What if you were lost in space for the rest of your life? That’s the conundrum facing the stars of Morten Tyldum’s new drama Passengers. Thirty years into a one hundred and twenty year journey to a colony planet, Aurora and Jim (Jennifer Lawrence and Chris Pratt) wake from hibernation to find they are trapped upon a luxurious but isolated ship for the next ninety years. The loneliness of space is something film makers have examined for almost as long as science fiction has existed, with the vast void of nothingness used to bring about introspection, terror, and more.
“At 372 miles above the Earth, there is nothing to carry sound, no air pressure, no oxygen. Life in space is impossible”. The chilling first words that appear on the screen in Oscar winning film Gravity underline exactly the antagonist of the piece. The emptiness of what surrounds her is a persistent theme of the film, both in terms of her ensuring her survival, and working through the pain of her past.
To our constantly connected world in particular, the notion of being absolutely stranded is both fascinating and terrifying.
A darker play on loneliness is Doug Jones’ seminal Moon, where we find a lone employee (Sam Rockwell) operating a fuel harvester on The Moon, before finding out the secret behind his situation. Here, the distance from his wife and unborn child add to the sense that he is very far from home. In both instances, the conflict within the film is the lead character’s enforced self-sufficiency. With nothing for an infinite distance in all directions, it’s down to them to save their lives using practically nothing but their ingenuity. Even in more uplifting films such as Apollo 13 or Ridley Scott’s The Martian, our heroes come to terms with the vast space between them and those that can help.
Of course, the only thing worse than being alone in space is being trapped with something trying to kill you. The sci-fi genre was revolutionised in 1979 by Alien, a haunted house style horror story where a crew is trapped aboard their own spaceship with an alien out to kill them. The film’s tagline, “In Space, No One Can Hear You Scream” perfectly encapsulates the notion that Ellen Ripley is alone with the titular monster. Less, well, physical, but just as foreboding, was the monotone HAL-9000, the thorn in the side of 2001: A Space Odyssey's astronauts. Their separation from civilisation is compounded by HAL’s omnipresence, able to follow them anywhere in the ship, represented by a single red light and Douglas Rain’s chillingly calm tones. In both cases, space is represented as cold, unforgiving, a No Man's Land locking the protagonist in with terror. In the past Scott described his idea of space exploration as being similar to deep sea exploration, with nothing but “awfully black” darkness and particles for company, and that darkness enveloping the lonely vessels of Alien and the subsequent sci-fi masterpieces he also made. Just as the sea is represented as unforgiving in many a Hollywood story, so to would the skies above be dark and full of terrors.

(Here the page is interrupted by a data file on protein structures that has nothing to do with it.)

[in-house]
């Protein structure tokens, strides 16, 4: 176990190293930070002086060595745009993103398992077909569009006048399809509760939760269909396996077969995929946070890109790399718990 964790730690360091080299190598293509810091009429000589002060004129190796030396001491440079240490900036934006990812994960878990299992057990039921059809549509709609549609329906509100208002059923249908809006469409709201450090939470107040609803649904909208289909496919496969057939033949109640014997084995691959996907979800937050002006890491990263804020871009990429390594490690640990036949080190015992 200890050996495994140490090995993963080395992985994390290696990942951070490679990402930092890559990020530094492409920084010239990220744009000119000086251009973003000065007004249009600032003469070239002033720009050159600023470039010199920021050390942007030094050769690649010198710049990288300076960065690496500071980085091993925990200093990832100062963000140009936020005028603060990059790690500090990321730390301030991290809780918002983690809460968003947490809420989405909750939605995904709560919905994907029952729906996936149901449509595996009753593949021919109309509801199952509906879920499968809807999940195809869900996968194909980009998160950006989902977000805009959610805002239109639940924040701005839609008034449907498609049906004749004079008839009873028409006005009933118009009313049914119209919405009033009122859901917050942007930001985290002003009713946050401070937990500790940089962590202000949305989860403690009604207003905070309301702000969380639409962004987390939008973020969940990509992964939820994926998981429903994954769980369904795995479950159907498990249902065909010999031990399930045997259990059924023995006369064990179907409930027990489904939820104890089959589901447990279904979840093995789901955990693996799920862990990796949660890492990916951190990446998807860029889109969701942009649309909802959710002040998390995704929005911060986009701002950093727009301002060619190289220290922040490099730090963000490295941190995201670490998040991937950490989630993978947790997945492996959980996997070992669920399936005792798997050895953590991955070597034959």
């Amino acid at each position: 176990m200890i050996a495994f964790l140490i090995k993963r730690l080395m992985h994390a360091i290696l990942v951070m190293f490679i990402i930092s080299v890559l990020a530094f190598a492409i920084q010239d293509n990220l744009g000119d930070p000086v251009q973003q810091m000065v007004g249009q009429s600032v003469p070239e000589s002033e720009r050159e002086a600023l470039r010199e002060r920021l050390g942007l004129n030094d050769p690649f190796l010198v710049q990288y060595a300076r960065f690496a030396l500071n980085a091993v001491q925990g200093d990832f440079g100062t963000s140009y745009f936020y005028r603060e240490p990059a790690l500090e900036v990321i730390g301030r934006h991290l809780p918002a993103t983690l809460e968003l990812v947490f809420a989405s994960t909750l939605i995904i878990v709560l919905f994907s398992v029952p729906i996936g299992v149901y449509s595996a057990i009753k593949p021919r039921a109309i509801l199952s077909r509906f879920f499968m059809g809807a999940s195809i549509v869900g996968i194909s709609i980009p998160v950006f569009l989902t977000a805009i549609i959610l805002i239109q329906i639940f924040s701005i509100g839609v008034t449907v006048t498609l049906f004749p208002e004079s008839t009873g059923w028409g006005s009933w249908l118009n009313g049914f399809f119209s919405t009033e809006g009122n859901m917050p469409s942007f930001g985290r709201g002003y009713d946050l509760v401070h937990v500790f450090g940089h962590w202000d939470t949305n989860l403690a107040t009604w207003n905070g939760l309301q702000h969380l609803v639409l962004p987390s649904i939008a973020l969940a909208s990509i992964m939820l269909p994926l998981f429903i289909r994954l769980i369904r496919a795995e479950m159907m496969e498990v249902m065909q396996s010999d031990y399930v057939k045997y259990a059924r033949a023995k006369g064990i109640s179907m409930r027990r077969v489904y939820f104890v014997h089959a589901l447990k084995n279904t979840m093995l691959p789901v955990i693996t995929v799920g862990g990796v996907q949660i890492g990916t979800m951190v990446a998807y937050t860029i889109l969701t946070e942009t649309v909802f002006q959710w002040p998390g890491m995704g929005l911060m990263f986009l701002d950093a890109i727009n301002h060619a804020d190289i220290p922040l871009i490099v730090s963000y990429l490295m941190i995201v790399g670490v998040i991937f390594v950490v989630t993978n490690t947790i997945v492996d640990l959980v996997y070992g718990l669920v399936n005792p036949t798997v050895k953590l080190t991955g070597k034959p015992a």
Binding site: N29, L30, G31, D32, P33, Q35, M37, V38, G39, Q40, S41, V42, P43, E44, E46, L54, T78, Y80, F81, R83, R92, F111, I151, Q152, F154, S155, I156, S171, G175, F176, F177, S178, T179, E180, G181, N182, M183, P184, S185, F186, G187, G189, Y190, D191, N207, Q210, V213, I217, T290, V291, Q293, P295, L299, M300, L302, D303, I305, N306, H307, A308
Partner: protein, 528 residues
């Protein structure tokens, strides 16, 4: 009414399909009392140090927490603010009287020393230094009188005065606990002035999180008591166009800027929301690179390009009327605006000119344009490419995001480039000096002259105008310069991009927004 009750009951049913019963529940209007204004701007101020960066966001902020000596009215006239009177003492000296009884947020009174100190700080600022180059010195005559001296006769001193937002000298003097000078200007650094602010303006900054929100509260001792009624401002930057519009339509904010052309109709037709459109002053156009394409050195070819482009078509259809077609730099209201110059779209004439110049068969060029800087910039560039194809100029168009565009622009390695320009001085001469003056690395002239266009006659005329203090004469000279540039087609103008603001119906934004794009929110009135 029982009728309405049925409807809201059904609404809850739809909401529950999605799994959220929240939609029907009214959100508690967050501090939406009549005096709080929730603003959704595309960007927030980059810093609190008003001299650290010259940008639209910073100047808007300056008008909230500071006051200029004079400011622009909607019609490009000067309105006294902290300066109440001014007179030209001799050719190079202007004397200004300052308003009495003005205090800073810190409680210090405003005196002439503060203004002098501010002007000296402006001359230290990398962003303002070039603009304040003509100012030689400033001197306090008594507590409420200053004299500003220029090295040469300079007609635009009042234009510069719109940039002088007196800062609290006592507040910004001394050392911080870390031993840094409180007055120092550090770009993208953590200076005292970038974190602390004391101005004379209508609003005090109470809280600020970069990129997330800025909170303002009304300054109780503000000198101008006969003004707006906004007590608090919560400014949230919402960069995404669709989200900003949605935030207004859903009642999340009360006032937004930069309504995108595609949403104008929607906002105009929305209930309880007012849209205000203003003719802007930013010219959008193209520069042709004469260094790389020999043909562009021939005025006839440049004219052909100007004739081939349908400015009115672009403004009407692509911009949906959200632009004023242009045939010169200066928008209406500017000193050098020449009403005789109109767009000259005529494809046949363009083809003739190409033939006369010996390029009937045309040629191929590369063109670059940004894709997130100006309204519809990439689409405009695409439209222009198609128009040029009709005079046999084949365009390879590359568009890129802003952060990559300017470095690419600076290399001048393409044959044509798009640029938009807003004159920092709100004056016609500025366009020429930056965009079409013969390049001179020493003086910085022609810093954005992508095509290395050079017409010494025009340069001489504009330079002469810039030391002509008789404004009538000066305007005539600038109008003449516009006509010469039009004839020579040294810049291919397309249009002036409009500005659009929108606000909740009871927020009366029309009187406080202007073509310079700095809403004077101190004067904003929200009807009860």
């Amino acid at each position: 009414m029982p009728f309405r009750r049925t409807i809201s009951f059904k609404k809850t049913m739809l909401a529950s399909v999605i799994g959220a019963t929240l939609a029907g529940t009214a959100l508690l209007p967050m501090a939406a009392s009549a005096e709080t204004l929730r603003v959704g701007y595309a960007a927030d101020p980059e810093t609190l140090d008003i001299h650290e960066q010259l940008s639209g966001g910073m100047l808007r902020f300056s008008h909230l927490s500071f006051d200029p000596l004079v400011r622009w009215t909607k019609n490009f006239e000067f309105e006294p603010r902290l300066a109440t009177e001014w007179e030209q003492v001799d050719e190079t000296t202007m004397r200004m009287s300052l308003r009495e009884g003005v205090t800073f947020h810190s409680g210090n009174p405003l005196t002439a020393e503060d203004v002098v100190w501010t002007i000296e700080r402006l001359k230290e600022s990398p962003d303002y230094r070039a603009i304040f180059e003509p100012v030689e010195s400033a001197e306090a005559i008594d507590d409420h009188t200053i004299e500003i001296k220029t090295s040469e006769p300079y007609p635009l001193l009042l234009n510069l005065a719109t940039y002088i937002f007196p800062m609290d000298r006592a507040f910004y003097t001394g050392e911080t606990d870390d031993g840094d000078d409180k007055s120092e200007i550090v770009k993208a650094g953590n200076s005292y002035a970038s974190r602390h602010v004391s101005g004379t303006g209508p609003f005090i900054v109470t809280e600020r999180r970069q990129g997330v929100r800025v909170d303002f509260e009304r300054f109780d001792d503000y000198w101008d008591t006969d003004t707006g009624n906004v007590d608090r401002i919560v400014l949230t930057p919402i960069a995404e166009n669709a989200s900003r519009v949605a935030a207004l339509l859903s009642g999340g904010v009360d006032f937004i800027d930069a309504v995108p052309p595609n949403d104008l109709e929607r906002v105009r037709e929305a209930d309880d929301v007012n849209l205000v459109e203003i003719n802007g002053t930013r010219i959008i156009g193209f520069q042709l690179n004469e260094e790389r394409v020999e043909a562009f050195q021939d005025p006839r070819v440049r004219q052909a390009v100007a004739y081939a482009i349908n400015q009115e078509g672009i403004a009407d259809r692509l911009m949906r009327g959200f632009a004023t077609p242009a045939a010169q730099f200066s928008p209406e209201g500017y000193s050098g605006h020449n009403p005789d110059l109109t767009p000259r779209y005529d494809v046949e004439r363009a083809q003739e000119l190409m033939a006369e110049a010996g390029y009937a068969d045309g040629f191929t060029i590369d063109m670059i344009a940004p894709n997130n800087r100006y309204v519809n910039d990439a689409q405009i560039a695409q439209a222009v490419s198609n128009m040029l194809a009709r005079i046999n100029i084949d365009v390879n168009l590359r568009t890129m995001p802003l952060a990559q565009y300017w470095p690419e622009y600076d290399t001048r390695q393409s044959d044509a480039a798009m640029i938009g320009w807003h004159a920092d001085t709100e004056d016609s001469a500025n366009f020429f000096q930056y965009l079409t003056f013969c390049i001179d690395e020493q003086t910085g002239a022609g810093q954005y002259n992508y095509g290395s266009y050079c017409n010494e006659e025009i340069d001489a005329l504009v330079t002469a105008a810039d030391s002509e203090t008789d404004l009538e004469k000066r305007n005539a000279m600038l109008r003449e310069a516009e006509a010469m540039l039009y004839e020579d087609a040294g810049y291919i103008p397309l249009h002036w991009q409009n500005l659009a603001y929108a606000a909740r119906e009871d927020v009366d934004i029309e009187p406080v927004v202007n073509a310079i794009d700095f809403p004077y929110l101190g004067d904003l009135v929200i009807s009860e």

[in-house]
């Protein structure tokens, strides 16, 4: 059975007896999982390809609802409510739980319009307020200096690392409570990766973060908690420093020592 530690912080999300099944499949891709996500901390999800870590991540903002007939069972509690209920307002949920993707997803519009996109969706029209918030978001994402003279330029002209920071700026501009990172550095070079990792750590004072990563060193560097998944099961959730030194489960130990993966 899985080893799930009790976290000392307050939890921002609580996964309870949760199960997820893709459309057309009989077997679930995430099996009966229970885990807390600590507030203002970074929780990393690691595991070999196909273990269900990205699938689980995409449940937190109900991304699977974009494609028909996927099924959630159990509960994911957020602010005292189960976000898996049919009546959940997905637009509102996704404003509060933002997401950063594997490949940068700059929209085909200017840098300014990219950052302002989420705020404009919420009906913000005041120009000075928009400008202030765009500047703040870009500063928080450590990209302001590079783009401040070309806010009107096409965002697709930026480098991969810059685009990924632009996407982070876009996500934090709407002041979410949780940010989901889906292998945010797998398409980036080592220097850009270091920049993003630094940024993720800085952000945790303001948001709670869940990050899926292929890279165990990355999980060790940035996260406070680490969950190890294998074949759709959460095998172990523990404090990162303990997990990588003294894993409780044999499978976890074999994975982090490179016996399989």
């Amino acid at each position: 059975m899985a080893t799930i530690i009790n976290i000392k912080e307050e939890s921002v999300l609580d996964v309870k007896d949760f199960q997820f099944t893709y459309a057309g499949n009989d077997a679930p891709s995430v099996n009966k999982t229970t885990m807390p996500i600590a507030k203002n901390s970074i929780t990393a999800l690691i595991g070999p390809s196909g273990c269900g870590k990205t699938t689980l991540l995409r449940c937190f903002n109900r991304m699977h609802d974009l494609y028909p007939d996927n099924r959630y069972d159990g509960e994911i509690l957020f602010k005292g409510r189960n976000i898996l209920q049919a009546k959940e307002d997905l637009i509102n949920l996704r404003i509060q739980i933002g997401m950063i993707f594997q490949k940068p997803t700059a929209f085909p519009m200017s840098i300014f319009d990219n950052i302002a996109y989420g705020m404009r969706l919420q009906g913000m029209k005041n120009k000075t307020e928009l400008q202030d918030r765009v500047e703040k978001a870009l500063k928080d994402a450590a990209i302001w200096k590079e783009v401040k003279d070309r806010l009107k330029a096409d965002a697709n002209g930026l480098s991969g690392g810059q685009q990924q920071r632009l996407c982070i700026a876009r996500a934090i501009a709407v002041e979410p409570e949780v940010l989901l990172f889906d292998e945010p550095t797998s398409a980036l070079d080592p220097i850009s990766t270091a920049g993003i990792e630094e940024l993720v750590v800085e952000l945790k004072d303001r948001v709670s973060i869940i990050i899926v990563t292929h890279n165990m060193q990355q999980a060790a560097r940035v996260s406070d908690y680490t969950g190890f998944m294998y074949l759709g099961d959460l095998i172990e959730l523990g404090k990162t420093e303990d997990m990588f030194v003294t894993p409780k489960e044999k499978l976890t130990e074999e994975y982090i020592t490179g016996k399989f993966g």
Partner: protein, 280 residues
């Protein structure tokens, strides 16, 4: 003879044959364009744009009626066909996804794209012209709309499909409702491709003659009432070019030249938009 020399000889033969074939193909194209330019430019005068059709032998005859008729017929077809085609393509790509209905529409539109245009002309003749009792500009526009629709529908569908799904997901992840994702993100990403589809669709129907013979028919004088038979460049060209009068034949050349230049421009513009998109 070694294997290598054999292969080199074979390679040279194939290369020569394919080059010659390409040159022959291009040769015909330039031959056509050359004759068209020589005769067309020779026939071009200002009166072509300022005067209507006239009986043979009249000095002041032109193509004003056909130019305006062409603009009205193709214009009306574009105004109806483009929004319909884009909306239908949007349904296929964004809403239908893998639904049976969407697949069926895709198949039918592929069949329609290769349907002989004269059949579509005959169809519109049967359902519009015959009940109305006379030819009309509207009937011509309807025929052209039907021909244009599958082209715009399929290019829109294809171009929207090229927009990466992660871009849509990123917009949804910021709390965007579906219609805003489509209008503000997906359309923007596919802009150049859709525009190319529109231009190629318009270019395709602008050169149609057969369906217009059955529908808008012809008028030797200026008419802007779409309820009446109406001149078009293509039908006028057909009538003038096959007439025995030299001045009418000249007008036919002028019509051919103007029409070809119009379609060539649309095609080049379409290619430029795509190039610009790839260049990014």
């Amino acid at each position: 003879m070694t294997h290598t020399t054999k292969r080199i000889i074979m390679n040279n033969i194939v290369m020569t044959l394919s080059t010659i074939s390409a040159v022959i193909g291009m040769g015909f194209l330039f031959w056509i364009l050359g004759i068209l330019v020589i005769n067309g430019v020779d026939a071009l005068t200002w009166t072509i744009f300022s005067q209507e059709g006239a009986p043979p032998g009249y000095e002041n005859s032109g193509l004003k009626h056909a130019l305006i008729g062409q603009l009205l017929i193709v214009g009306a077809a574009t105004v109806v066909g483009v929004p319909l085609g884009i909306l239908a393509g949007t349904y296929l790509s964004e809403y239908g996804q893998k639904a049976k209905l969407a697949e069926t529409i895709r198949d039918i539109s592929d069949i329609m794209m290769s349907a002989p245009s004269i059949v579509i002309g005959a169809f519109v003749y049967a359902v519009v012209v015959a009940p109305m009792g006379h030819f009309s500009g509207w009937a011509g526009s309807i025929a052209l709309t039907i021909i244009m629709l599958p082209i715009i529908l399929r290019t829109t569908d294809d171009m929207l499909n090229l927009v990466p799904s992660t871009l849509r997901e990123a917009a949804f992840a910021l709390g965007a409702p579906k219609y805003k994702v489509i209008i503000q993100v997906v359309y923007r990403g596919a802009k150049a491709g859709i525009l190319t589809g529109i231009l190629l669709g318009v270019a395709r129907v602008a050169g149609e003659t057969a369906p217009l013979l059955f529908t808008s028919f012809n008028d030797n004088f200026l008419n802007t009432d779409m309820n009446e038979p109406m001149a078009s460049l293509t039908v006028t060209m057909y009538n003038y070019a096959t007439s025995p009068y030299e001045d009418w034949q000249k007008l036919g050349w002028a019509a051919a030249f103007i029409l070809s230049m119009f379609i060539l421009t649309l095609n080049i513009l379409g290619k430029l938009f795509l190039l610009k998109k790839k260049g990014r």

But why do we enjoy these stories so much? The above films have scores of awards between them, hundreds of millions in box office receipts and reputations as some of the finest works of science fiction, if not cinema. The answer lies, once again, in emptiness – not a physical emptiness, but one of narrative. In any Earth-bound story, even the most dire of situations can be solved with an eleventh hour cavalry of some sort. Even more populist sci-fi such as Star Wars has relied on The Millennium Falcon swooping in and saving the day on occasion. However, when dealing with the realities of space in at least a semi-serious way, those saviours disappear.
To be truly alone, without any hope of contact from the outside world, is a scenario that is especially jarring in today's world. If you are reading this article, you are most likely linked to an unlimited wealth of knowledge and human contact from anywhere on the globe. To our constantly connected world in particular, the notion of being absolutely stranded is both fascinating and terrifying. To the modern world in particular, life in space seems truly impossible.